20 Weird & Wonderful Facts About 1400s

11Chicken

In 1474, a chicken, mistaken for a rooster, laid an egg in Basel, Switzerland. The town then prosecuted it in court and later burned it alive as punishment for being found guilty of an unnatural crime.


12Meteor shower

In March or April of 1490, tens of thousands of people were likely killed by a meteor shower over China.


13Republic of Cospaia

In 1440, a land sale treaty between the Pope and Florence accidentally left out a small strip of land around Cospaia. The people of the area promptly declared their independence and remained sovereign for nearly 400 years.


14Alhambra palace

The 15th-century Islamic mosaics in Spain's Alhambra palace display a near-perfect understanding of mathematical logic and 16 of 17 types of symmetry identified by modern mathematicians.


15Partridge war

In 1474, in the Sundernagar district in the state of Gujarat in India, Rajput Parmar community sacrificed more than 200 men to save an injured but escaped partridge bird from hunters. Since then killing of partridge is banned in that area.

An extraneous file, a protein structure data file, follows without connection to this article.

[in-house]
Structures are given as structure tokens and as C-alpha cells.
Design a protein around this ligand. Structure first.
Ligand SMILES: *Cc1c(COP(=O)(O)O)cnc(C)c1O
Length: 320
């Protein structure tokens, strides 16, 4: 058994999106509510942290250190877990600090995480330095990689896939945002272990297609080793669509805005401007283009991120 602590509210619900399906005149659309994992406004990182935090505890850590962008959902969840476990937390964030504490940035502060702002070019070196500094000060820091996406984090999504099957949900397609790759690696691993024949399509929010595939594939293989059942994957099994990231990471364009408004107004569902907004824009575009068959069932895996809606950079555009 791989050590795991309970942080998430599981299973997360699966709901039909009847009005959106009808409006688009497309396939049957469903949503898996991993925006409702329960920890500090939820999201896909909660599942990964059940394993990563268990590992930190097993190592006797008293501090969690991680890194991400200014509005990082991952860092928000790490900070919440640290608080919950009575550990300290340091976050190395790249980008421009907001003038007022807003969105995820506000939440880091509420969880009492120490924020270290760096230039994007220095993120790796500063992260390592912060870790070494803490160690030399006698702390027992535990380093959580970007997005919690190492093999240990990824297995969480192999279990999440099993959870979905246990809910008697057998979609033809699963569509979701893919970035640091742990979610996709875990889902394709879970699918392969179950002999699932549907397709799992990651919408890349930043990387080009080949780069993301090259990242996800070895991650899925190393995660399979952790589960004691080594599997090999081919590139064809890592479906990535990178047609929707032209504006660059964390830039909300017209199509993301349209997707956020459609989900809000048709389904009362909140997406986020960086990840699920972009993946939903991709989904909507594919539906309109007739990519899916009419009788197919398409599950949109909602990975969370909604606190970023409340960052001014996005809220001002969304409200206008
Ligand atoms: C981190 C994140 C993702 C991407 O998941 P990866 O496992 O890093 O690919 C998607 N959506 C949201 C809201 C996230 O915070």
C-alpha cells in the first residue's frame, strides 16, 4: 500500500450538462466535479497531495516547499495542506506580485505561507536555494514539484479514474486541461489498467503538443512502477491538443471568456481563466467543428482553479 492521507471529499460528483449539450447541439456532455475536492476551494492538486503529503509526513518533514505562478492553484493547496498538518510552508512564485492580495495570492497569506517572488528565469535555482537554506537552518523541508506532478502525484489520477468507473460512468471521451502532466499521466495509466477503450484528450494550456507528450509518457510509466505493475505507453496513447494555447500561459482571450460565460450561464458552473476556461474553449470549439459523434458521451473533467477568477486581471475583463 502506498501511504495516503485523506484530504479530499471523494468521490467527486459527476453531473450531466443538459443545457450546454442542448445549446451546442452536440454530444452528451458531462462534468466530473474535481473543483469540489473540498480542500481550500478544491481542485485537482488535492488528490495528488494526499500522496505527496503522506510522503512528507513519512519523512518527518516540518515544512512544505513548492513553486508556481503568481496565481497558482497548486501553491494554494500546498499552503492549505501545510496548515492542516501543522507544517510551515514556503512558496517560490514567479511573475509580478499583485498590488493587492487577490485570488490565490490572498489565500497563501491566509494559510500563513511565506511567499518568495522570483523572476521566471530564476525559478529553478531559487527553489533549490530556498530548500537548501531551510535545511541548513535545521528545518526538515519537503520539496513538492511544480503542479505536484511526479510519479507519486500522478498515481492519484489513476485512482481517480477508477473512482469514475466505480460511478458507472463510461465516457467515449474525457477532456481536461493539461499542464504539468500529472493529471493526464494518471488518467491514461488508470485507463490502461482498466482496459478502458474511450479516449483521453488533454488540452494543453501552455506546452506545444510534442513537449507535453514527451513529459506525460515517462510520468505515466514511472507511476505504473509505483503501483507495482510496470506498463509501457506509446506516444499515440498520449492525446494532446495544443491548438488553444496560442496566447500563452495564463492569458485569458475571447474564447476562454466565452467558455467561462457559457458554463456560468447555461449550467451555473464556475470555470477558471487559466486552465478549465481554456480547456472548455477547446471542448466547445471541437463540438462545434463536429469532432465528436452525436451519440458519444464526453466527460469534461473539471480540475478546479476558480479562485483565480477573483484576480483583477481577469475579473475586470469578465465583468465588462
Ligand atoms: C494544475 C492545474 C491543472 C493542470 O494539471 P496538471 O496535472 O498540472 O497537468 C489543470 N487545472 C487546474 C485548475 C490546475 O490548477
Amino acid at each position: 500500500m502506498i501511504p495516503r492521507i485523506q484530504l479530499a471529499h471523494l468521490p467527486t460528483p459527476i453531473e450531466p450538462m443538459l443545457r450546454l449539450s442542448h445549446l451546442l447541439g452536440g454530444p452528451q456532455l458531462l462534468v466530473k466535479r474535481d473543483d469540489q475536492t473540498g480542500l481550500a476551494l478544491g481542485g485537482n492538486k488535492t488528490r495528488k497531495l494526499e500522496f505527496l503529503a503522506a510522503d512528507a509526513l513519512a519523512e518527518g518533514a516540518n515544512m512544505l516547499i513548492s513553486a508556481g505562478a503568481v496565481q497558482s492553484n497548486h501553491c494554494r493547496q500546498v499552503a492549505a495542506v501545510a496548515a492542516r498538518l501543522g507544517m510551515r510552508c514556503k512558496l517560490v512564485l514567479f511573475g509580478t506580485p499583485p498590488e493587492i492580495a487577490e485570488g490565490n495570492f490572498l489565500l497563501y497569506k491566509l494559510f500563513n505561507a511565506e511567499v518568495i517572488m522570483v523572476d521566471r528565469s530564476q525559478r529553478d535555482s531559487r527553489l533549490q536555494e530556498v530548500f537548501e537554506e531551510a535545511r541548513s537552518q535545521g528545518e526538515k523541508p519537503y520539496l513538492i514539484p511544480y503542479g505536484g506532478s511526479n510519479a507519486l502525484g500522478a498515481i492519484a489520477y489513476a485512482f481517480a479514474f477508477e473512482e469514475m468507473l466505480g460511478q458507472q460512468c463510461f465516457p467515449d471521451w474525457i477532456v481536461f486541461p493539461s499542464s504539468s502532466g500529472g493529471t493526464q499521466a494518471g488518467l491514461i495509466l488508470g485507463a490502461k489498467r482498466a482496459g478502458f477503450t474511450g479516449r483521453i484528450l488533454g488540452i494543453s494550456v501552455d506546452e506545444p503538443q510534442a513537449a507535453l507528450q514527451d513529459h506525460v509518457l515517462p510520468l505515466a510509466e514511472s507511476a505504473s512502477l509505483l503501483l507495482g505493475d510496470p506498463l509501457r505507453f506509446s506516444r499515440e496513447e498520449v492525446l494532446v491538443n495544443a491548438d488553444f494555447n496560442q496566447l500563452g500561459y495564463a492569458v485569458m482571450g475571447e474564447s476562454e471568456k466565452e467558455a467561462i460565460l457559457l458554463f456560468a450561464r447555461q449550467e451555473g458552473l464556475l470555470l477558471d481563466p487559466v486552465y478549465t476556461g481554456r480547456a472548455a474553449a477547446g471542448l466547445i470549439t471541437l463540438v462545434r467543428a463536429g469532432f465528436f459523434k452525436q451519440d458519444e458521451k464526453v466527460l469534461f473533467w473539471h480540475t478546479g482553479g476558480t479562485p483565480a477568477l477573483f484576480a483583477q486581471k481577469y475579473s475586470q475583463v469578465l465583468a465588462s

16Charles VIII of France

In 1498, Charles VIII of France, eager to attend a tennis match, banged his head on a door frame. He died a few hours later as a result of the injury.


17Siege of Prague

In 1420, the Siege of Prague was broken up in a counter-attack after 26 men and 3 women defended a strategic hill against 8000 Austrian knights.


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18Owain Glyndŵr

Owain Glyndŵr, the last native Prince of Wales disappeared at the end of his rebellion in 1412 and managed to remain hidden despite a large bounty and an eventual pardon. His fate and location have remained a closely guarded family secret for over 600 years.


19Aragon king

In 1428, Ethiopia proposed a union with Aragon by marrying the King’s grandson with the Ethiopian Emperor’s daughter, along with sending a group of artisans to spread Aragon influence. The King of Aragon originally sent 13 artisans to begin the process, but all of them perished on the journey.


20Eberhard I

Eberhard I, the Duke of Wuerttemberg (1445-1495) once was praised as the richest prince amongst the German princes, as he was said to be able to rest his head on the lap of every one of his subjects without having fear for his life or property.

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